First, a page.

Review: Interhall Talent Show

As I attend a university that attracts some of Australia’s most gifted young students, I expected to be amazed by the best performers each college had to offer at this year’s Inter-hall Talent Show. I wasn’t disappointed. At different points in the evening, I was variously awestruck, full of laughter, emotionally moved and even sometimes all together speechless with admiration.

The night kicked off with the ‘go-to’ song for opera singers at talent shows, Time to Say Goodbye. Singing without a microphone, Saki Sakuma, from Fenner, nailed note after note at the top of her range. The only thing missing from the performance was John C. Reilly playing on the empty drum-kit behind her. Next, a swinging quartet from Bruce performed a ‘fancy’ rendition of the popular Iggy Azalea tune. I couldn’t believe how well they transformed such a simple chord progression into something that really grooved. The following act was completely remarkable. Taking song requests from the judges, including, at one stage, Advance Australia Fair, was Nahed Elraves from John’s. His ability to play Coldplay’s Yellow as though it were composed in 1780 could have brought home the gold on any other day. Maybe the judges didn’t like the fact that this young virtuoso had never heard of Irving Berlin’s classic White Christmas. However, it wasn’t long until the plastic cups came out, and just like the cast of Pitch Perfect, the girls from Griffin brought their A game. Destiny’s Child would have had to go to day-care after hearing these three. They sung beautiful harmonies as a well-blended vocal ensemble and were one of the highlights of the night.

The remainder of the musical acts were instrumentals, all of which were very technically proficient. Both Uni Lodge and B&G entered brilliant guitarists, who played their instruments from every angle and in every way imaginable. However, in the end the winners of the musical section were the almost-hypnotic flautist from Ursies, Alison Mountain,  and the mesmerising cellist from Burgmann, Millie Noble. Never before have I heard a flute make a sound akin to that of a tiny bird flying by a choo-choo train. Similarly the Burgmann entrant, who seemed to be getting her money’s worth out of her instrument, also displayed masterful musicianship.

Soon after, the non-musical performances took to the stage, starting with a poetry reading from Burgmann’s very own Happy Human. Accompanied by a giant cat (Ajay Proudfoot in a cat costume), the provocative poet explored many themes including love, cats and (believe it or not) cunnilingus.

The envelope was pushed even further later on as Bruce treated the crowd to a performance of the burlesque kind. Carried out in a very respectable fashion, both the performer and crowd alike showed that true art can be found in its most uncommon forms. The most controversial performance of the night, however, was the Fenner Boys Choir, who performed a college-themed appropriation of the song I Still Call Australia Home made famous by the well-known Qantas commercial. Whilst I question whether this was a non-musical performance, I will admit that the lyrics were hilarious, with the blatant shots at John’s being well received by the crowd.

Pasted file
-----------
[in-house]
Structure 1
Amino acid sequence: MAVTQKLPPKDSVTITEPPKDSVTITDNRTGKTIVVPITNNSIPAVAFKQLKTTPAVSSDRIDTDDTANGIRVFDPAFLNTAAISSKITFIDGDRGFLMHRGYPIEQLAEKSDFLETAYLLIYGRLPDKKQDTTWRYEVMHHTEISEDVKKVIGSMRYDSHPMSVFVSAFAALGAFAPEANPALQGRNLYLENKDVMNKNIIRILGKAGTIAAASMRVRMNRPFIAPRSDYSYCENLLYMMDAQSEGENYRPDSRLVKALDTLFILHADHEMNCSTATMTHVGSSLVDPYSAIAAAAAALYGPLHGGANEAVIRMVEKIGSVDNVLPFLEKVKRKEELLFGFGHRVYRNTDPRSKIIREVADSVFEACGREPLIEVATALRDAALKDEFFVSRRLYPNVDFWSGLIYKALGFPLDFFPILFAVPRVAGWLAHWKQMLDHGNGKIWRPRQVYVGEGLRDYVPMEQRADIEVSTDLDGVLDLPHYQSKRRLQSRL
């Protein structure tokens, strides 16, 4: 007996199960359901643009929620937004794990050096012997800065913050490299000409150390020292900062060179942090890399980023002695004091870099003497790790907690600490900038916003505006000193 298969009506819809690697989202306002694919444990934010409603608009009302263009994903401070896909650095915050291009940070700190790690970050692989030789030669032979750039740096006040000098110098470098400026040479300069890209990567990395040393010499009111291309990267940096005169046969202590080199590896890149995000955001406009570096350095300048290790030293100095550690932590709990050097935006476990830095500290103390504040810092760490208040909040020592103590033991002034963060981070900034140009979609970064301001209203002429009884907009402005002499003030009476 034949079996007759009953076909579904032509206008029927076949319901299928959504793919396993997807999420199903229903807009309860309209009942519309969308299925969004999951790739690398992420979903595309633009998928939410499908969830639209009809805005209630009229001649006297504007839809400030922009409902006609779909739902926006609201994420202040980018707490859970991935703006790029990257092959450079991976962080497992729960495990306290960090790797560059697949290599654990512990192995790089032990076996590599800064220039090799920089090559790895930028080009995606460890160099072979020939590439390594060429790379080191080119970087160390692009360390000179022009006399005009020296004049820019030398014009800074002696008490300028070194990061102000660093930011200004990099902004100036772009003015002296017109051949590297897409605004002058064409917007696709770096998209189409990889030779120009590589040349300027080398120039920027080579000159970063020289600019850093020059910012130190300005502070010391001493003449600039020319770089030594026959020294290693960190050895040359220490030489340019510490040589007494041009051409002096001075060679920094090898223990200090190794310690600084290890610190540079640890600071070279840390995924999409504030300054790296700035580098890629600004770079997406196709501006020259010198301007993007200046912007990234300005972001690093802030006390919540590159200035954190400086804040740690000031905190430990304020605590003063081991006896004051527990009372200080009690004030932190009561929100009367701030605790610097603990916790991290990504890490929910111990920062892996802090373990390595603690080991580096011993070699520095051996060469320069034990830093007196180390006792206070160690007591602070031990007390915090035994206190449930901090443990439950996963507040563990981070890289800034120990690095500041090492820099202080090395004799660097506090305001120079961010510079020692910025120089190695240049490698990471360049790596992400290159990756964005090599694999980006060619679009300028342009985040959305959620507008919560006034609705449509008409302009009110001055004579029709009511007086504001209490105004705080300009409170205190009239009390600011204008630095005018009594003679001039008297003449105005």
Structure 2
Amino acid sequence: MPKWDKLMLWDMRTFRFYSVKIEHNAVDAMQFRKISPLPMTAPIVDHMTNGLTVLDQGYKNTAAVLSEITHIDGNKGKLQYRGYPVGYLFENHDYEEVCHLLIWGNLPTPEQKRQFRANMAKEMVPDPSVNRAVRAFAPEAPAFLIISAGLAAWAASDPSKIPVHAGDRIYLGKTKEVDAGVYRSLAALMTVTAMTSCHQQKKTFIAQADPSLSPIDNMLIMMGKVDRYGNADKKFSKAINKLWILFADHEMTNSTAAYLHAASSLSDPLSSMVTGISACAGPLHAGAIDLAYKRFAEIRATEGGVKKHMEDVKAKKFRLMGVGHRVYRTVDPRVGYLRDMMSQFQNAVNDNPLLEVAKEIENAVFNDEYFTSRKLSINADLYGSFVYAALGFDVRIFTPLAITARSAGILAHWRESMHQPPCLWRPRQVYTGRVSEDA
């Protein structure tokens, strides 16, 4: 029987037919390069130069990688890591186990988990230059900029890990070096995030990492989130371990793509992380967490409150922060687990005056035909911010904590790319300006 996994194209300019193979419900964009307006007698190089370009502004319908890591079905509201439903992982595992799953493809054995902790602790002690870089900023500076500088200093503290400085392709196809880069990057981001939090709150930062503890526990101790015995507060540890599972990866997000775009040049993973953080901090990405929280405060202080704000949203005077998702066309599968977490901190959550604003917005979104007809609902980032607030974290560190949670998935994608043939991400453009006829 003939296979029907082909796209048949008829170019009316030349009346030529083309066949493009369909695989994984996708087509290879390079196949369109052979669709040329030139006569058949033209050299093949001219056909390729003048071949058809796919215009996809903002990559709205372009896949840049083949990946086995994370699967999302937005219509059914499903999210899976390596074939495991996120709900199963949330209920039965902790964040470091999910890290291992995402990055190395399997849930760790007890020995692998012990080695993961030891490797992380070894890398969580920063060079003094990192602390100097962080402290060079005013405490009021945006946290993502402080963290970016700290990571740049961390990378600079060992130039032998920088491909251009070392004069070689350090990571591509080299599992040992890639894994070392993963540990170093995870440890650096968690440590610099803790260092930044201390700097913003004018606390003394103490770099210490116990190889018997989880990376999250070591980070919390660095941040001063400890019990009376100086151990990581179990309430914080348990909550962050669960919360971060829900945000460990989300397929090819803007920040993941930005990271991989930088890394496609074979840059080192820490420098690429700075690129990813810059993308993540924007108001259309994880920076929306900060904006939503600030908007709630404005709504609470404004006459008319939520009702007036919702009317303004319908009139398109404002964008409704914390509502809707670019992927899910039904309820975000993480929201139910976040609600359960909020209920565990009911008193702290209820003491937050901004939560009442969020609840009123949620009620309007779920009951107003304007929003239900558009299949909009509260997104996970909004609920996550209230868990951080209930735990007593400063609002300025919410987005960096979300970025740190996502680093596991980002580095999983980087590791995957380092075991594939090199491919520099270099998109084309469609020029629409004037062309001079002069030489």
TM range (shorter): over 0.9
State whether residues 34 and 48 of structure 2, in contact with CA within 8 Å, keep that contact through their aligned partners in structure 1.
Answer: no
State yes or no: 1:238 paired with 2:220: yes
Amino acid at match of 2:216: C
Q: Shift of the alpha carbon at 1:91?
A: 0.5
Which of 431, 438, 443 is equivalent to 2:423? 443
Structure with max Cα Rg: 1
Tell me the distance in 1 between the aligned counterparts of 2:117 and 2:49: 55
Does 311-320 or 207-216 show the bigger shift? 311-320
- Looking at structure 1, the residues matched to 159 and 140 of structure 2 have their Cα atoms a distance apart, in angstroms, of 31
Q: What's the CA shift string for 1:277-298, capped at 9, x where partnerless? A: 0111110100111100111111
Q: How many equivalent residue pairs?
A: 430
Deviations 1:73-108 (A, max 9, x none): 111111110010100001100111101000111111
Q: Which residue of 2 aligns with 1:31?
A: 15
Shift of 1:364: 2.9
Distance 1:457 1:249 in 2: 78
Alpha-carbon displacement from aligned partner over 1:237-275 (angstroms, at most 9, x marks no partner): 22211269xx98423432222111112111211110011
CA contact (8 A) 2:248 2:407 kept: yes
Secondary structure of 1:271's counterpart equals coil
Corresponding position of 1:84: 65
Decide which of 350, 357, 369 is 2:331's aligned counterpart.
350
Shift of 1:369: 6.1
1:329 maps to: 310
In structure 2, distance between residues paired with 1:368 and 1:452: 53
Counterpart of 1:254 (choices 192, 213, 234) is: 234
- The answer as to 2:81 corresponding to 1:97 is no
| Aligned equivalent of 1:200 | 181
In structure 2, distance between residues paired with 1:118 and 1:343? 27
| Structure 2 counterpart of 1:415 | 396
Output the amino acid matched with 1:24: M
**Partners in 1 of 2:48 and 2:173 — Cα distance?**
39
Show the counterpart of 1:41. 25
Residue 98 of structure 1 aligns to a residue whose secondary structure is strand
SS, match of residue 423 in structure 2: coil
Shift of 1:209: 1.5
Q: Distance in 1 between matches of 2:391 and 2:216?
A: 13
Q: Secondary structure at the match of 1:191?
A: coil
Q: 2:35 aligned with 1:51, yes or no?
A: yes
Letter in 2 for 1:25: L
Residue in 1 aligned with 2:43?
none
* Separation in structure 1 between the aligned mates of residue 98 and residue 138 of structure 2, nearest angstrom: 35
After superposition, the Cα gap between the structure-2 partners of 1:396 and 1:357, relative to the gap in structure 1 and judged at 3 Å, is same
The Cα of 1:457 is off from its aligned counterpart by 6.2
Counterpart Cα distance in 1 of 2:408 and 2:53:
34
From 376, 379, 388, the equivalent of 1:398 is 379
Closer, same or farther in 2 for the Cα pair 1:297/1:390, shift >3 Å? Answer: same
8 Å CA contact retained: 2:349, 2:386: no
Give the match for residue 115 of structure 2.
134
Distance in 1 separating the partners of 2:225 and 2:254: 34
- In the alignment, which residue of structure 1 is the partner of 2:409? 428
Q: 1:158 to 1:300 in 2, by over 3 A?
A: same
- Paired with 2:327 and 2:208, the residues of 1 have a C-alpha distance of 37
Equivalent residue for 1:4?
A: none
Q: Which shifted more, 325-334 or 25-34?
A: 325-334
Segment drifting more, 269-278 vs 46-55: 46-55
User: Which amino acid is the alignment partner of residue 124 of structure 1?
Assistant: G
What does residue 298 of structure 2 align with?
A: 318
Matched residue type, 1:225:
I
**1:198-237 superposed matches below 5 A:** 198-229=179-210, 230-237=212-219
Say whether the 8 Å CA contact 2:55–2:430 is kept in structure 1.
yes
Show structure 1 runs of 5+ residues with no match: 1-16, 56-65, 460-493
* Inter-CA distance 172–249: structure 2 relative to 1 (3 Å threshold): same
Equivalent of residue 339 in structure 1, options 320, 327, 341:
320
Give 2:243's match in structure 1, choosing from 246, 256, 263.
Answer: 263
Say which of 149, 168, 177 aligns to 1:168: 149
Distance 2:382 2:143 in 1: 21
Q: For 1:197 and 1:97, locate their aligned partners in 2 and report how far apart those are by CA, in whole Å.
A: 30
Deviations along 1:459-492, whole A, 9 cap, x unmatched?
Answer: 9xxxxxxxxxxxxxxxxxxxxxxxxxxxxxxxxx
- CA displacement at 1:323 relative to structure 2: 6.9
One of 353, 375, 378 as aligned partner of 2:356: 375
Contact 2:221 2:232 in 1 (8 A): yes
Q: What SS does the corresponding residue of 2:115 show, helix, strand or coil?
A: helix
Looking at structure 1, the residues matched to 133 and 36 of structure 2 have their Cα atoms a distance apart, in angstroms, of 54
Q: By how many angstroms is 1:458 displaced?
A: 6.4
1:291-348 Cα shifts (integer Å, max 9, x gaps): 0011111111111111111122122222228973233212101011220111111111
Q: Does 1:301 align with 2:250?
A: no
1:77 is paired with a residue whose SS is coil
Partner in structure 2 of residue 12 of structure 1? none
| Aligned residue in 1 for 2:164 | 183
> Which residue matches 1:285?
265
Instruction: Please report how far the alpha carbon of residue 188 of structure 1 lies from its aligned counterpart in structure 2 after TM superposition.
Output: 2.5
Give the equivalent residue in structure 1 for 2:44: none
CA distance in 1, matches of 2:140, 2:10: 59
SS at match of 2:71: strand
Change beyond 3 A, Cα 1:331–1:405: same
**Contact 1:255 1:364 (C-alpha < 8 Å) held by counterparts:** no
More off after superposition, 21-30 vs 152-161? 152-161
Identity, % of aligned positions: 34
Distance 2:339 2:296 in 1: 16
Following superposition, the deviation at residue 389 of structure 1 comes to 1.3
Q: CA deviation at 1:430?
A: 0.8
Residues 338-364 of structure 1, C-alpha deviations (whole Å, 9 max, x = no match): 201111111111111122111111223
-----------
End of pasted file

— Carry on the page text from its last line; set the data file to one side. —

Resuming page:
In a more serious vein, three colleges entered breathtaking acting performances. Matt Barton, from Ursies, played a tragic character from Harold Pinter’s The Caretaker. The performance was both haunting and incredibly moving and had me looking up the play as soon as I got home. Nikita Waldron, from John’s, was another showstopper, pulling off a perfect Italian-American accent throughout a self-written monologue as Henry Hill’s wife from Goodfellas. From Uni Lodge came Duncan Koenig. The audience bore witness to a personification of anxiety and felt the intensity of its wrath. The performance delivered a clear message about the seriousness of mental illness and anyone seeking help should call 1300 224 636 or visitwww.beyondblue.org.au/.

The dancers in particular put on great creative displays, and even without any technical knowledge of dancing, I was still able to enjoy what Griffin and B&G put together for the night. While Elmie Janse van Rensburg and Cornell D. Hanxomphou from Griffin danced together as if they shared a brain, first place went to the powerful display put on by Ben Purser, whose prowess enchanted the entire audience.

The wide variety of entertaining performances ensured that this was one of the year’s best inter-college events. I congratulate all the performers, and thank Griffin Hall for organising the night and Josh Griffiths for hosting.